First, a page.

Links, Stuff I missed.

LaPrincipessa's picture

Here is a collection of news stories from the week that I didn't have a chance to write/talk about.

On The Nation, Barbara Crossette tells us all what Pepfar used to be, and how the Obama administration is attempting to make the best out of a flawed program.

Pepfar stands for United States President's Emergency Plan for AIDS Relief. Under our previous Decider the fund was unnecessarily barred from effective use because it was subject to the typical conservative ideology.

subject to micromanagement under ideologically inspired guidance that, among other requirements, demanded that 50 percent of AIDS prevention funds in countries with generalized epidemics be devoted to abstinence and "faithfulness" campaigns. That provision, born of provincial ignorance about the world, would be a joke if it weren't so cruel to millions.

The old guidelines also barred links between AIDS efforts and family planning, at a time when AIDS was becoming a woman's disease in many places and women had no power to resist unwanted or risky sex.

The author is correct in that AIDS is becoming a 'woman's disease' not only in name and perception, but in reality.

 

From the AP , by Patrick McGroarty, new findings suggest that to improve women's health, sexual health, and overall well being in developing countries,

an increase of funding is the most effective.

BERLIN — Securing sufficient funding is the greatest obstacle to improving women's well-being and rights in the developing world, officials attending a conference on sexual and reproductive health said Friday.

The Berlin meeting, which brought together representatives from some 300 non-governmental organizations around the world, came 15 years after the International Conference on Population and Development in Cairo, where a similar group set goals to improve the sexual health and rights for women, particularly in the developing world.

By Judith Osanka "

Health Reform could actually help women

" [if it's not thrown out]

A touching reminder- in a time of economic uncertainty, with more and more people losing their jobs , many more now classified as "low income" ; Planned Parenthood, community health centers and other low- no cost sexual/health clinics in urban as well as rural areas are going to be much more important.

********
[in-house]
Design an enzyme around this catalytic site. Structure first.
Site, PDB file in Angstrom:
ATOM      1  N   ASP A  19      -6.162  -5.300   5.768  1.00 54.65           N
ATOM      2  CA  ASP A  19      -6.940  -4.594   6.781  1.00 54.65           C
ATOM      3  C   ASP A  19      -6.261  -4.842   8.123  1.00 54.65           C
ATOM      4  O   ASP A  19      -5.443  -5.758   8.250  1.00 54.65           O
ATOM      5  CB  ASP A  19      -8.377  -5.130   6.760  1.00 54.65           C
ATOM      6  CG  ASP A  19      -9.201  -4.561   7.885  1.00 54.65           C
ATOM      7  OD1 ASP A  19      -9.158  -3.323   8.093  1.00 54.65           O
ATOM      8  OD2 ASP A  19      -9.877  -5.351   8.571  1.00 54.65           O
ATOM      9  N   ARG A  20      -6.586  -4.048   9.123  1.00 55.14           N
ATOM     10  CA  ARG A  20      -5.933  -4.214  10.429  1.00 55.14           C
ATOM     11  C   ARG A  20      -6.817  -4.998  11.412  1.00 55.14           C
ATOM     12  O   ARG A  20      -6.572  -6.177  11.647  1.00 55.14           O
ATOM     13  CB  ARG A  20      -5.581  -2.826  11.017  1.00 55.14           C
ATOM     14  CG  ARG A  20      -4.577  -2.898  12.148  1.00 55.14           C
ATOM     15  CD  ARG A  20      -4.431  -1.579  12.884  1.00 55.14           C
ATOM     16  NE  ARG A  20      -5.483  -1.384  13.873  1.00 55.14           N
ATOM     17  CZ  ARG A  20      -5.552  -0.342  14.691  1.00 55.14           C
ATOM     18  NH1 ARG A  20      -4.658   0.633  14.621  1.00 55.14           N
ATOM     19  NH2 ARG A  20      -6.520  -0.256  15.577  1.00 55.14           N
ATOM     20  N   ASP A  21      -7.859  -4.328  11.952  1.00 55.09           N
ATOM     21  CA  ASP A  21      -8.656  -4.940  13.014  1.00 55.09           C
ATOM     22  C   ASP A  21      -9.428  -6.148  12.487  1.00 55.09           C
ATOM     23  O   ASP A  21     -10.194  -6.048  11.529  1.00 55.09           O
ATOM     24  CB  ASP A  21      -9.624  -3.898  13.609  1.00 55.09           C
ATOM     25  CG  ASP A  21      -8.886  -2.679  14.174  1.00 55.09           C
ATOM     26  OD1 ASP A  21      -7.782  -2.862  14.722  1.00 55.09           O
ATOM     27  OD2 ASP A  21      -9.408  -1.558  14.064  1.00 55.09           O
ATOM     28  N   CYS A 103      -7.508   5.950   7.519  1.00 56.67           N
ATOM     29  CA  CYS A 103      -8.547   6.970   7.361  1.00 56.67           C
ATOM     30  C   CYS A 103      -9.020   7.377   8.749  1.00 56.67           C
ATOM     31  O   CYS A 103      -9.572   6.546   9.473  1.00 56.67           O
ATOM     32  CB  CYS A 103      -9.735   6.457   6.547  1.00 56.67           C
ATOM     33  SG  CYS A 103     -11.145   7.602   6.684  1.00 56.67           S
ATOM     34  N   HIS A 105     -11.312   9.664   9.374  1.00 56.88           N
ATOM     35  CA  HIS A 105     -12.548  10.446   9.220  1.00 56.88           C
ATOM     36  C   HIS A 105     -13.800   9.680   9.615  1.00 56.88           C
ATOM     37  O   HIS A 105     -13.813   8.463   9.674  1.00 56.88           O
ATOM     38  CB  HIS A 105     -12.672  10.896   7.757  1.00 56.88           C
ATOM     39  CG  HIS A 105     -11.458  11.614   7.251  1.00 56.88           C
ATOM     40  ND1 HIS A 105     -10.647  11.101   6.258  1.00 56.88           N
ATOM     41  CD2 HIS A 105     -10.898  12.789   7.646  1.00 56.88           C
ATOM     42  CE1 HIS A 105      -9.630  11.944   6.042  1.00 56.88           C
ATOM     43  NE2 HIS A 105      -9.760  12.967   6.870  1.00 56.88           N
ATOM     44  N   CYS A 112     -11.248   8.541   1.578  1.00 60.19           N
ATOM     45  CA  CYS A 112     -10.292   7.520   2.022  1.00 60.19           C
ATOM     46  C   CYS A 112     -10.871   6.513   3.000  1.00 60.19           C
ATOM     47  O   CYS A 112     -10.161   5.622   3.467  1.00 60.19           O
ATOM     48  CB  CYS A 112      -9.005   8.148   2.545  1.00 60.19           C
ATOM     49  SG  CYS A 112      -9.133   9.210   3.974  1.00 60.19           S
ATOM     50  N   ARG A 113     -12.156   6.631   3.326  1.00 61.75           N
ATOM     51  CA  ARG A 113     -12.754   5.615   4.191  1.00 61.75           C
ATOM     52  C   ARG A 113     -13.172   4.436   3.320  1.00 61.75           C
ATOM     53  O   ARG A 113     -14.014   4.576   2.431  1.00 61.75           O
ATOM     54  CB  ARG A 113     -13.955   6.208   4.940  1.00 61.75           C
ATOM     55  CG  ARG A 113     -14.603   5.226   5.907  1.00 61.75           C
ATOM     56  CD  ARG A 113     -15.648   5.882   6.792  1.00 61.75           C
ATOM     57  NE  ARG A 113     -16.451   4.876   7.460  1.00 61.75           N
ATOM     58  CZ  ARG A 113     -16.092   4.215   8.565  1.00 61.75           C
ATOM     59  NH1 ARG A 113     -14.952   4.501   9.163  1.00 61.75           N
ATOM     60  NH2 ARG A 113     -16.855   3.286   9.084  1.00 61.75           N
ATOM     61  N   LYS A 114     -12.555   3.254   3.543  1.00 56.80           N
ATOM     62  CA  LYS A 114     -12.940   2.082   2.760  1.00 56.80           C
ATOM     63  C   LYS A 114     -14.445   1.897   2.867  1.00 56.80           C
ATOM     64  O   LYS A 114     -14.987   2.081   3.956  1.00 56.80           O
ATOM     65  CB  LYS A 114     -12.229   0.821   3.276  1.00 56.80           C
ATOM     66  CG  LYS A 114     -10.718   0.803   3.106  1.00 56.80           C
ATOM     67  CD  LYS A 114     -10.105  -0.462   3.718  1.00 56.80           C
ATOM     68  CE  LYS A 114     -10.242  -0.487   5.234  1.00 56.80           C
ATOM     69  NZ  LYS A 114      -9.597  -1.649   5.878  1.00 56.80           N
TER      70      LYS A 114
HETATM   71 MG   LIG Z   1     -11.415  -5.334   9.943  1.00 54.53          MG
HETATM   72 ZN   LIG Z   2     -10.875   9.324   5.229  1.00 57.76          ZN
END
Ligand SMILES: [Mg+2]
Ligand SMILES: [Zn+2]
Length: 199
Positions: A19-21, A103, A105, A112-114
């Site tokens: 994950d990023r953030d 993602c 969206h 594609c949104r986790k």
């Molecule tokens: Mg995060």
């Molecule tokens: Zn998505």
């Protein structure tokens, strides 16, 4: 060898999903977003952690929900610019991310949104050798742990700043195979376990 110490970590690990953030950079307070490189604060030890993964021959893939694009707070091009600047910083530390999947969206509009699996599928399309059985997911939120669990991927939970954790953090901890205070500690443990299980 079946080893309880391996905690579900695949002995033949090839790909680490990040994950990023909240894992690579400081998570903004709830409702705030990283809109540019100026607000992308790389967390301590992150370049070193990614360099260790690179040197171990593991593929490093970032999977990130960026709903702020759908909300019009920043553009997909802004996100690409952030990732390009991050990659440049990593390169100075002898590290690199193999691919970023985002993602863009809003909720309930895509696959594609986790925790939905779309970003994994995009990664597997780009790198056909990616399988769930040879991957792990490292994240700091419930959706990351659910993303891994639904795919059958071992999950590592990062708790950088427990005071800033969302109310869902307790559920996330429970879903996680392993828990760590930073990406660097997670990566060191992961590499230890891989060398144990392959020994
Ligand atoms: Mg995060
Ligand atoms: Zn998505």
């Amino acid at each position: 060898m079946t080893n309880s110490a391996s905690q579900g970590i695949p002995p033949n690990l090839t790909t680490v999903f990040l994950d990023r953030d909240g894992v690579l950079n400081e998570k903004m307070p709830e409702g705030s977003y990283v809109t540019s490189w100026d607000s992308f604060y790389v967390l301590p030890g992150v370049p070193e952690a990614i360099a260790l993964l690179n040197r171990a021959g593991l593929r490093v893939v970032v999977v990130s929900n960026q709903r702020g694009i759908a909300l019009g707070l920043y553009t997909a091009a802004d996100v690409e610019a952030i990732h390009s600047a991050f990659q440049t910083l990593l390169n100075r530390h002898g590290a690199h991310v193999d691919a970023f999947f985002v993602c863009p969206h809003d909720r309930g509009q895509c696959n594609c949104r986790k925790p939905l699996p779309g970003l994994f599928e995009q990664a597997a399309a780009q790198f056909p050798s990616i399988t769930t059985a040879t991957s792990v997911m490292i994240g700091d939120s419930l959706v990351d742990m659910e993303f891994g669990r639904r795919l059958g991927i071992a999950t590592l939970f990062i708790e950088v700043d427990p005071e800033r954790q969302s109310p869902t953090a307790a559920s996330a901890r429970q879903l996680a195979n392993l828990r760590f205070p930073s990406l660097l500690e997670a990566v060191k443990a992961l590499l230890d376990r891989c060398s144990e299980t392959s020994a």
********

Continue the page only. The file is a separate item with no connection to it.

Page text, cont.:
Hmm,

"Abortion should be part of Health Care Reform".

. . Haven't seen a headline like this, ever. It's a letter to the editor from a Catholic man who's comments, about abortion, health reform, the hateful and untruthful rhetoric his church is using , and the shameful actions of the Catholic patriarchs, made me cry.

As many know I was raised Catholic, went to a Catholic grade school, Catholic High School, and went to church twice a week. Up until maybe 5 years ago, Catholicism was a huge part of my life (not always by choice). Although I soundly reject many actions and (most of) the ideology of the Catholic church, it has been an intensly emotional journey denouncing something that is so offensive to almost all of my base emotions but which has also played a huge role in making me who I am today.

In this editorial, Daniel says it best:

It is this real side of life that draws my faith and conscience into action, which leads me to know that it is for the imperfect that Jesus also came — for the troubled pregnancies also. If abortion were not to be considered a part of health care, it is the women with the troubled pregnancies, as well as their families, who would have to suffer the consequences.

I truly wish Daniel was a Bishop.

Motherhood and working in today's recession. From The Examiner:

Women and namely moms, play an integral role in the American workforce. Did you know that a 2006 census estimated that there are 82+ million mothers in the U.S.? The study also indicates that women actually outnumber men with regard to possessing both high school and college educations. Yet, regardless of how much mothers contribute to the workforce and society; there is still a distinct stigma in place that often stifles a mother's ability to be treated fairly. And in a time of recession and economic peril, many mamas are decrying the companies that blatantly discriminate against women and mothers.

This article reminds us that women can and should be mothers (if they so chose) AND employees. It is no longer the choice between career or children... we can have both!

That's all I have for today! Happy Friday! <3

-Sophia

(Posted at Women Undefined)

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